pricing increase explained

Updated September 2019

3D Printing the Smart Way

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Rockin H is a huge champion of 3D printing. Having started a few years ago the whole process began with the Haynes original service bed. Since then a number of high quality products have been produced that would very likely not be created by larger manufacturers. Nothing makes me happier than seeing a high end model or part created by a person who dreamed it, then made it. The gloves are off, the gatekeepers have been fired and anyone with an idea can chase it if they want to.

Custom 3D Printing Pricing

On September 30, 2014 Shapeways sent out an email indicating a pricing change on Versatile plastics and steel. One of the first sentences I read in the email said “the price of printing most models will be going down: 85% of what we’ve printed this year in Steel and 75% of what we’ve printed in Versatile Plastic will become less expensive,”. I read this and thought this was great! Until I logged into my account to find that most of my models went up $1 – to $20 per item. A grain bed that cost me $23 will cost $44 in a week. What the heck?

Here is the deal. Shapeways new structure consists of three main points.

  1. Labor (part count): the number of things that need to be handled individually during production.
  2. Material: the amount of material that is needed to manufacture your product.
  3. Machine Space: the amount of space your product takes inside our 3D printers.

The now old pricing structure was largely based on the volume of material that was needed to make an item plus a small production fee of $1.50 more or less. Before 9/30/14, I recommended creators bundle small items in groups to save the $1.50 fee reducing the overall cost of the items produced. Good for the creator like me, quite a bit more labor intensive for Shapeways. This system worked and largely favored the creator. Then there is the space issue. Many of my larger items, like grain/silage beds, take up a lot of room in the printing bed. Good for me but inefficient for Shapeways when it appears the company runs on volume vs. price overall.

Where do people like me go now?

First, I will be very clear. This increase is not a make or break deal for Rockin H. What it will do is require me to be more efficient in what I ask designers to create for me. For example, my friend at Circle C Farm Toys had a designer bundle a set of tires with a ring through it. See it here. His cost on this set of tires in versatile plastic actually went down a bit. Also, it will require me to have models designed that are not as complicated and be more efficient with the size.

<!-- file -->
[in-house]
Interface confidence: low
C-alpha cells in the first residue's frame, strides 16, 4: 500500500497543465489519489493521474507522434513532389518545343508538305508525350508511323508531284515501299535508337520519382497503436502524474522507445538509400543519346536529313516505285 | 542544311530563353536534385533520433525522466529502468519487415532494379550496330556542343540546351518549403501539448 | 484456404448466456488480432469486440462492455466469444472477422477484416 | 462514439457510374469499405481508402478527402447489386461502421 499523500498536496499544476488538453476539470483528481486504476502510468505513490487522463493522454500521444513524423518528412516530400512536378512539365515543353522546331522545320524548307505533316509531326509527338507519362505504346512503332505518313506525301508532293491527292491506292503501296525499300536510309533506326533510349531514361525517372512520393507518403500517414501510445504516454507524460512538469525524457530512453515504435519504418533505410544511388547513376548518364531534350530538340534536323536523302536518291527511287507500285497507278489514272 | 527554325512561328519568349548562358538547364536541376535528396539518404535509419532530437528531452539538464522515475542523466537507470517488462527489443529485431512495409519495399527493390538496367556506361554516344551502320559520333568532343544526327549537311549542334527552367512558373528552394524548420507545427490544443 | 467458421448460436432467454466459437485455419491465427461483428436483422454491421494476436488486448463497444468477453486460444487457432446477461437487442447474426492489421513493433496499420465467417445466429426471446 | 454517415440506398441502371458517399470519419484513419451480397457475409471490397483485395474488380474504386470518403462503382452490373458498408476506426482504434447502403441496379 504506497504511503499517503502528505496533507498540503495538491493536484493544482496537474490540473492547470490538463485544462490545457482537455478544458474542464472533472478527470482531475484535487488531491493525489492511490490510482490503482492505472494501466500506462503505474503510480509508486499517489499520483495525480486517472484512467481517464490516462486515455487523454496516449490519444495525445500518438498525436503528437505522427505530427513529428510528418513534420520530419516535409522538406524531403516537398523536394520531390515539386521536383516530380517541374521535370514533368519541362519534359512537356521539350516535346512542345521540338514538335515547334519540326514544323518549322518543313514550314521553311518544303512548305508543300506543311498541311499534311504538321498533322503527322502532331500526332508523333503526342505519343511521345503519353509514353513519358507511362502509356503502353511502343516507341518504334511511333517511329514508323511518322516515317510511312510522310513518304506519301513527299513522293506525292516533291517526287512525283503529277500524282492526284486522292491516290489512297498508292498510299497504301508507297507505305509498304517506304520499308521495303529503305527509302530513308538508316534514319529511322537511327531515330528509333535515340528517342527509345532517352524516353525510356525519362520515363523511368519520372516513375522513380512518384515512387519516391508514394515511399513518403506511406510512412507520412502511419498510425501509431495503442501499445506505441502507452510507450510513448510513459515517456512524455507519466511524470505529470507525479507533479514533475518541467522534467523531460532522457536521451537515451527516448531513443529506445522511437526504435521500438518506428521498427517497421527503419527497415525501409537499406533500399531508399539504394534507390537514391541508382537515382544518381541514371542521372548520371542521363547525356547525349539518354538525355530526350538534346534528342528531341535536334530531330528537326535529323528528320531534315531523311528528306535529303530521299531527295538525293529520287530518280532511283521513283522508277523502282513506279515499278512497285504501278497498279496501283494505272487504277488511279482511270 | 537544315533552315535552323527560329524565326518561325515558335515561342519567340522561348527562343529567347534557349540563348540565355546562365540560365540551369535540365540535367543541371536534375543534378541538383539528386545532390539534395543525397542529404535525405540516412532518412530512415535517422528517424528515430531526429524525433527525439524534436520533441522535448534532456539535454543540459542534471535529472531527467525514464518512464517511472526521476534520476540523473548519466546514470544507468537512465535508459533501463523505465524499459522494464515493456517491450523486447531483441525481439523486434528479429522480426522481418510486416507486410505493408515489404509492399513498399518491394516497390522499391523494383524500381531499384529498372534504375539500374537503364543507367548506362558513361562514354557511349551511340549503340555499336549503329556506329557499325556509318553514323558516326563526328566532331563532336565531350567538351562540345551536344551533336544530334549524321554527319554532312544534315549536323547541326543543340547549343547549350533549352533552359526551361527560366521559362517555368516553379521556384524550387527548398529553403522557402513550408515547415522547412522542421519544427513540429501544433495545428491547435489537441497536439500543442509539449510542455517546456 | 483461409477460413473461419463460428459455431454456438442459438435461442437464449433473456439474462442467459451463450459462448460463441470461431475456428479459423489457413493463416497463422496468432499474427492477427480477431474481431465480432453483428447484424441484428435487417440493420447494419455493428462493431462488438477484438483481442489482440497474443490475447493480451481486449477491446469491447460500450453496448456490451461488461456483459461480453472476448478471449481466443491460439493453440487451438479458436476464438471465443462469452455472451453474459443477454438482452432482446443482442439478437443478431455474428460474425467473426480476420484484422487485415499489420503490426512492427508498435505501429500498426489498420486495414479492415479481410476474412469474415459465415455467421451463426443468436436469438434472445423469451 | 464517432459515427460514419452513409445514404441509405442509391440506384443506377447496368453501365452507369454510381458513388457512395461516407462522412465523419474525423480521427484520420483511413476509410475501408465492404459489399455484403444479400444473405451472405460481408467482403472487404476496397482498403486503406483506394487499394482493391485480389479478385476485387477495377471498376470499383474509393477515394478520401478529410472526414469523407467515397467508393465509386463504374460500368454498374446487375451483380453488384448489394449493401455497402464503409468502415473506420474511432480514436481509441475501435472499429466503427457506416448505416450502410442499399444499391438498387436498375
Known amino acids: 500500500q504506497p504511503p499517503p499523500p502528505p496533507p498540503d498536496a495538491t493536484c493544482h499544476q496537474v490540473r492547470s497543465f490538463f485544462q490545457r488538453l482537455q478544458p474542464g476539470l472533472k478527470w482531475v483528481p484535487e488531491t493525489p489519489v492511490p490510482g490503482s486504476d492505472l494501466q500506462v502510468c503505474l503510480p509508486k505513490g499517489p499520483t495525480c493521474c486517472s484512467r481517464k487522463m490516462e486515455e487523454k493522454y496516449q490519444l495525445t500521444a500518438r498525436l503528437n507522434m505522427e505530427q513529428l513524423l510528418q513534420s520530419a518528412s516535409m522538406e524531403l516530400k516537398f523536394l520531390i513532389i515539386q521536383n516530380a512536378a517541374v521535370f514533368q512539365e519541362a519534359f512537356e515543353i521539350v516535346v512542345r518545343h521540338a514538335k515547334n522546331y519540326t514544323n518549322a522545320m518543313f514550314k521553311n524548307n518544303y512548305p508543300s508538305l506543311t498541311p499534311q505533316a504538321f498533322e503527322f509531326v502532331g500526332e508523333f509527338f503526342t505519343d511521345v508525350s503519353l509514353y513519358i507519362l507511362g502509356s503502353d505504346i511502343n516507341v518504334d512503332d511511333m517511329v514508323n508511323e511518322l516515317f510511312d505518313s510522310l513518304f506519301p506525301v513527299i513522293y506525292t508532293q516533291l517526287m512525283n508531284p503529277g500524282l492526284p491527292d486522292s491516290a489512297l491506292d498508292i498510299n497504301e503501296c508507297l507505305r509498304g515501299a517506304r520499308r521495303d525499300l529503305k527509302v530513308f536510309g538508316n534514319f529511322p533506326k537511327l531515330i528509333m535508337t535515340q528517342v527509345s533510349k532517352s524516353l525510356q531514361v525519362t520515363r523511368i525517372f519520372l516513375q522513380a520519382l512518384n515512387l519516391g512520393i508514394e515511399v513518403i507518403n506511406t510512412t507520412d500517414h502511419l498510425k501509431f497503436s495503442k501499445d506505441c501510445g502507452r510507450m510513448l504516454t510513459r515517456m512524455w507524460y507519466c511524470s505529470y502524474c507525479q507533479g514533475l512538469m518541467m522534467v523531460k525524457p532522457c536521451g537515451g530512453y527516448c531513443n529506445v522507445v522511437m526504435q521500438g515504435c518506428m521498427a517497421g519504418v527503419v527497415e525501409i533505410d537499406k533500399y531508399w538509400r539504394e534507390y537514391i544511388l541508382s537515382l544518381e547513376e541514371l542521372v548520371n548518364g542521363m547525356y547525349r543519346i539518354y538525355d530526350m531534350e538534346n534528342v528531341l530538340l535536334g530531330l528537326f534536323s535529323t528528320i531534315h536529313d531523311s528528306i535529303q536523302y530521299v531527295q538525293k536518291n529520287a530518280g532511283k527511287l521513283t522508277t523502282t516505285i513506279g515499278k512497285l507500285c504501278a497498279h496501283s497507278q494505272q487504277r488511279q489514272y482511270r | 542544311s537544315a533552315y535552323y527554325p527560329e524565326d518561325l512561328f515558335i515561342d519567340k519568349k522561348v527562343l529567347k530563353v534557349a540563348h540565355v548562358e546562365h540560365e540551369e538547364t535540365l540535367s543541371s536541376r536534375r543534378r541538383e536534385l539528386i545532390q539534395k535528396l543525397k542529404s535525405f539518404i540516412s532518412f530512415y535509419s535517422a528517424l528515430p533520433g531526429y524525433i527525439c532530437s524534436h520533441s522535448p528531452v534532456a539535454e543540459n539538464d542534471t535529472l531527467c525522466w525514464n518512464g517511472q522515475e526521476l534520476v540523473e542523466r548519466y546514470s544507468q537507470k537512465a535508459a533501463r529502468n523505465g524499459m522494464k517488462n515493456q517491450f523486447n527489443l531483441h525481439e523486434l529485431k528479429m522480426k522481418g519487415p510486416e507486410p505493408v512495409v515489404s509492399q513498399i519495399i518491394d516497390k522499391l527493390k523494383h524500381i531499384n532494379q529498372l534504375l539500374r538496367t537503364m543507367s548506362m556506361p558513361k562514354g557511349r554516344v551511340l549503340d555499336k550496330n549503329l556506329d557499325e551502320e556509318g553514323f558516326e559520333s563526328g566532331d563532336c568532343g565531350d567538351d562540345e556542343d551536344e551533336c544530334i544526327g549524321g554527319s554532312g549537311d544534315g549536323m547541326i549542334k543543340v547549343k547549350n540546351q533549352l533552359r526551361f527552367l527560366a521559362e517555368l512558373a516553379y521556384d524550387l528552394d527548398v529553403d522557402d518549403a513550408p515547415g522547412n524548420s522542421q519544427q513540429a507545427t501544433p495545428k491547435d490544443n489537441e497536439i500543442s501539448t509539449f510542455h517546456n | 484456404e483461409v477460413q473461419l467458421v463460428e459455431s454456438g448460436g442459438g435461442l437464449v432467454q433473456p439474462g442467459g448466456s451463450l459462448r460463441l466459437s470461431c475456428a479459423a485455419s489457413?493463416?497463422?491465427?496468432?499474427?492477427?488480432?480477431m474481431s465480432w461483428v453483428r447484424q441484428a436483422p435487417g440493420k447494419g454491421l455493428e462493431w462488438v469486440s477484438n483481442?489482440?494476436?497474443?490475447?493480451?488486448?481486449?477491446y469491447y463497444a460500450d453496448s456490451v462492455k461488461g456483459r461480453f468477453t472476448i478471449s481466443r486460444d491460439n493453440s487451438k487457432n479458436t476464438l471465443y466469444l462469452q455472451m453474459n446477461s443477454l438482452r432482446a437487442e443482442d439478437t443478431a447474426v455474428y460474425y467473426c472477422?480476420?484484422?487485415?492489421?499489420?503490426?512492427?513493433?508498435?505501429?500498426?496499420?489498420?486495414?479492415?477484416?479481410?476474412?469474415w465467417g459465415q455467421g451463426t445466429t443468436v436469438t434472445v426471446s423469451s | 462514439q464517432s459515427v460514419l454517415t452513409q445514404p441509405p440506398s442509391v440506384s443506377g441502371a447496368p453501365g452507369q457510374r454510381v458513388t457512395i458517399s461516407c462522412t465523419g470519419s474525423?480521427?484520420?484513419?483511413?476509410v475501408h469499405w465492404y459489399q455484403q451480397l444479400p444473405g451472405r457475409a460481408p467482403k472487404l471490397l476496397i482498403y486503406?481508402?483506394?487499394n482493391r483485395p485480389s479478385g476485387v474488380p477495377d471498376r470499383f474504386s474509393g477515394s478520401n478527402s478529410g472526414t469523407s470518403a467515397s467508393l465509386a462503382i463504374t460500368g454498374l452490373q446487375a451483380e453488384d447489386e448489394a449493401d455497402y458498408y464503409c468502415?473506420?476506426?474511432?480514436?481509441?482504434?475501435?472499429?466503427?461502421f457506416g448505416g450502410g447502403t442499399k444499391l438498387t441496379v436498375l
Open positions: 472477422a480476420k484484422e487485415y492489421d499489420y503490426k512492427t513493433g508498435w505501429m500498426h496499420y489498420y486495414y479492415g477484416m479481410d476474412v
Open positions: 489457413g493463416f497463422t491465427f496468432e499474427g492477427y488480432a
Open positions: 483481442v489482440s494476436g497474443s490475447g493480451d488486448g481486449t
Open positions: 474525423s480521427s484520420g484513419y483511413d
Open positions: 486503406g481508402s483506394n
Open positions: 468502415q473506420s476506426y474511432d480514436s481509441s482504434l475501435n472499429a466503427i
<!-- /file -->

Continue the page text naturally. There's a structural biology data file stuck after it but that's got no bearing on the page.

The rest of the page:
All my present grain/silage beds come with the silage racks sprued to the bed along with the end gate. Efficient parts wise but take up more room. And there is a third option, choose materials that give a higher level of detail such as the Detail plastics. These cost more but require less work on the part of Shapeways or so it appears.

Getting Used to New Prices

At the end of the day the structure will take a bit of getting used to. Frankly, I’ve been wondering how Shapeways made money handling my orders of 30 tire at a cost of $19 per run in Black Versatile Plastic. That is a ton of tiny parts that need to be cleaned and handled by an employee. If I am making this kind of order, so are others, and Shapeways has responded honestly.

This is the essential nuts and bolts of the price change. Another blog post by Shapeways is forthcoming to further explain the change and what it means for those of us creating world class models. Until then, keep creating. Please post a comment and share this article with friends.

Ready for a different 3D printing company? Check out my interview in the next blog post, we compare companies. 

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